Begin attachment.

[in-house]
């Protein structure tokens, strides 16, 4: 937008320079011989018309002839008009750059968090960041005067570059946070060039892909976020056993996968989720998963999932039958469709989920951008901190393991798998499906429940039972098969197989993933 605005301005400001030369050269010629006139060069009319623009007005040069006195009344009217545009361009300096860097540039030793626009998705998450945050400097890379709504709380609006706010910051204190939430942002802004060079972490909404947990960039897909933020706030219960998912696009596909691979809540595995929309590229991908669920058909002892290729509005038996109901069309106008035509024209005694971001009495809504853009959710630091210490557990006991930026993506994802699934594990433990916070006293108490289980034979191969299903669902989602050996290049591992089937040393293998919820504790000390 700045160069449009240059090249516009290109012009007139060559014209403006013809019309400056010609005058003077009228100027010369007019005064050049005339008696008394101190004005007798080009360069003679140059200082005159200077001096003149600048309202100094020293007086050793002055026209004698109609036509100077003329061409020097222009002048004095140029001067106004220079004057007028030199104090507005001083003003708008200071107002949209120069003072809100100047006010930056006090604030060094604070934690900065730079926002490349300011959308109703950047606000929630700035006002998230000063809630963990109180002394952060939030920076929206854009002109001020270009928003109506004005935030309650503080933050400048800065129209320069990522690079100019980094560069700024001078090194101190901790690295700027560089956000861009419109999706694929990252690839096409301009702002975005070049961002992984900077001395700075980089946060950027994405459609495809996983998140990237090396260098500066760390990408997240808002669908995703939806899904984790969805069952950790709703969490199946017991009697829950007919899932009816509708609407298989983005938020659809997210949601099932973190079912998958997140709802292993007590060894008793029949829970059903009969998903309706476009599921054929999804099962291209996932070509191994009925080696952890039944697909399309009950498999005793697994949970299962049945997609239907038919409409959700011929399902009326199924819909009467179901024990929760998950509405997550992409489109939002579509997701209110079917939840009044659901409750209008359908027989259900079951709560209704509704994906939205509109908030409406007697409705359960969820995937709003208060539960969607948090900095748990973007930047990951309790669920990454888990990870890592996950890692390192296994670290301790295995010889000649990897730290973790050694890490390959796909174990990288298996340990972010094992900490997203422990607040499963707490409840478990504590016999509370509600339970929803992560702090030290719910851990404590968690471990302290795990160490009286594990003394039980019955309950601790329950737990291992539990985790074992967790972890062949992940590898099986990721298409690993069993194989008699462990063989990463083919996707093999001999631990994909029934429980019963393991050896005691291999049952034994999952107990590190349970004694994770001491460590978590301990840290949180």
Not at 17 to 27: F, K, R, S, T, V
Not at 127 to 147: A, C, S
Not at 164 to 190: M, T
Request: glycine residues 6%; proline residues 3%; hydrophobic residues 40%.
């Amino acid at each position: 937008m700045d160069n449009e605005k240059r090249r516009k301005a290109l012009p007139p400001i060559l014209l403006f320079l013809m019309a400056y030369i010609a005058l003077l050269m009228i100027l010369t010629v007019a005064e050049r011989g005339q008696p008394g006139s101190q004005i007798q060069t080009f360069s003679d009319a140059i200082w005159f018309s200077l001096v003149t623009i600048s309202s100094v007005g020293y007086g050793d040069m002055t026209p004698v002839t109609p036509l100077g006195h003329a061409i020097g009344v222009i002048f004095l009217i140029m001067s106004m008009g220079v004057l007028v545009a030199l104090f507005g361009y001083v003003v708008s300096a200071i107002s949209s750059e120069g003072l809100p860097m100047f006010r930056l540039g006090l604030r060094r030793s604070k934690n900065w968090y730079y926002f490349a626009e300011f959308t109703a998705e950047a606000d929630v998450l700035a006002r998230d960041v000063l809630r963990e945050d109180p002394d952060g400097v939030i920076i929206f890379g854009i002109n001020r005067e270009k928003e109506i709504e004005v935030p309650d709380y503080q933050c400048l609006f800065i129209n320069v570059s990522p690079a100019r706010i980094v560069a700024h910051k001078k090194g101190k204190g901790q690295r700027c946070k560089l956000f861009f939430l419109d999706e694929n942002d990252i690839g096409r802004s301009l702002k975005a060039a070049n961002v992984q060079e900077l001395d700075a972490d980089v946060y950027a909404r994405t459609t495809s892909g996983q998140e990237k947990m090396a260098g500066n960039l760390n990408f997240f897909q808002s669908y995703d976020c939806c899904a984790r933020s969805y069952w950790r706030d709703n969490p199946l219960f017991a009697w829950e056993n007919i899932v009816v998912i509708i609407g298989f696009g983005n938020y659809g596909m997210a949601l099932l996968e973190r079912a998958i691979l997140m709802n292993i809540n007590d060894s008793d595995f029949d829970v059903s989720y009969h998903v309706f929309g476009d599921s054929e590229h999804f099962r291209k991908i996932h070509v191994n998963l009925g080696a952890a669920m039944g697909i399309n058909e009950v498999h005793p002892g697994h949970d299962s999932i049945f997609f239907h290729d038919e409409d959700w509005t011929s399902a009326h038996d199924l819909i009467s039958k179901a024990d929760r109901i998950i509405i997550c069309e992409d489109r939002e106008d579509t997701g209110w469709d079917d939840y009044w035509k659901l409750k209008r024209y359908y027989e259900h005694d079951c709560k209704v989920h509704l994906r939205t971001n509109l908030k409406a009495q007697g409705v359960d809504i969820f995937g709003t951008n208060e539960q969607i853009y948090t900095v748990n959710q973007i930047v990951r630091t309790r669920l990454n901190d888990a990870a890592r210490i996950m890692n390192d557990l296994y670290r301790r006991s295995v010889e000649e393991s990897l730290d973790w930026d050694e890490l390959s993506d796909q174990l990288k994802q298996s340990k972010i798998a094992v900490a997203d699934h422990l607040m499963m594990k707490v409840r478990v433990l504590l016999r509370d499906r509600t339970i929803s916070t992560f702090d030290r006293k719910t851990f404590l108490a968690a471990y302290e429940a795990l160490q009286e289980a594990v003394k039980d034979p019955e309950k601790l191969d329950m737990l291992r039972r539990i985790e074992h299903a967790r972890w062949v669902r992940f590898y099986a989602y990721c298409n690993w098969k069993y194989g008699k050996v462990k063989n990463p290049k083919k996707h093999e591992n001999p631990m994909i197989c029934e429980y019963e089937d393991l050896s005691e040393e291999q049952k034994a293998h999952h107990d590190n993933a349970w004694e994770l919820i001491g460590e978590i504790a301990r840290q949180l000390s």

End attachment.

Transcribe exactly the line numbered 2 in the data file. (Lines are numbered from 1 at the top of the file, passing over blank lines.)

């Protein structure tokens, strides 16, 4: 937008320079011989018309002839008009750059968090960041005067570059946070060039892909976020056993996968989720998963999932039958469709989920951008901190393991798998499906429940039972098969197989993933 605005301005400001030369050269010629006139060069009319623009007005040069006195009344009217545009361009300096860097540039030793626009998705998450945050400097890379709504709380609006706010910051204190939430942002802004060079972490909404947990960039897909933020706030219960998912696009596909691979809540595995929309590229991908669920058909002892290729509005038996109901069309106008035509024209005694971001009495809504853009959710630091210490557990006991930026993506994802699934594990433990916070006293108490289980034979191969299903669902989602050996290049591992089937040393293998919820504790000390 700045160069449009240059090249516009290109012009007139060559014209403006013809019309400056010609005058003077009228100027010369007019005064050049005339008696008394101190004005007798080009360069003679140059200082005159200077001096003149600048309202100094020293007086050793002055026209004698109609036509100077003329061409020097222009002048004095140029001067106004220079004057007028030199104090507005001083003003708008200071107002949209120069003072809100100047006010930056006090604030060094604070934690900065730079926002490349300011959308109703950047606000929630700035006002998230000063809630963990109180002394952060939030920076929206854009002109001020270009928003109506004005935030309650503080933050400048800065129209320069990522690079100019980094560069700024001078090194101190901790690295700027560089956000861009419109999706694929990252690839096409301009702002975005070049961002992984900077001395700075980089946060950027994405459609495809996983998140990237090396260098500066760390990408997240808002669908995703939806899904984790969805069952950790709703969490199946017991009697829950007919899932009816509708609407298989983005938020659809997210949601099932973190079912998958997140709802292993007590060894008793029949829970059903009969998903309706476009599921054929999804099962291209996932070509191994009925080696952890039944697909399309009950498999005793697994949970299962049945997609239907038919409409959700011929399902009326199924819909009467179901024990929760998950509405997550992409489109939002579509997701209110079917939840009044659901409750209008359908027989259900079951709560209704509704994906939205509109908030409406007697409705359960969820995937709003208060539960969607948090900095748990973007930047990951309790669920990454888990990870890592996950890692390192296994670290301790295995010889000649990897730290973790050694890490390959796909174990990288298996340990972010094992900490997203422990607040499963707490409840478990504590016999509370509600339970929803992560702090030290719910851990404590968690471990302290795990160490009286594990003394039980019955309950601790329950737990291992539990985790074992967790972890062949992940590898099986990721298409690993069993194989008699462990063989990463083919996707093999001999631990994909029934429980019963393991050896005691291999049952034994999952107990590190349970004694994770001491460590978590301990840290949180």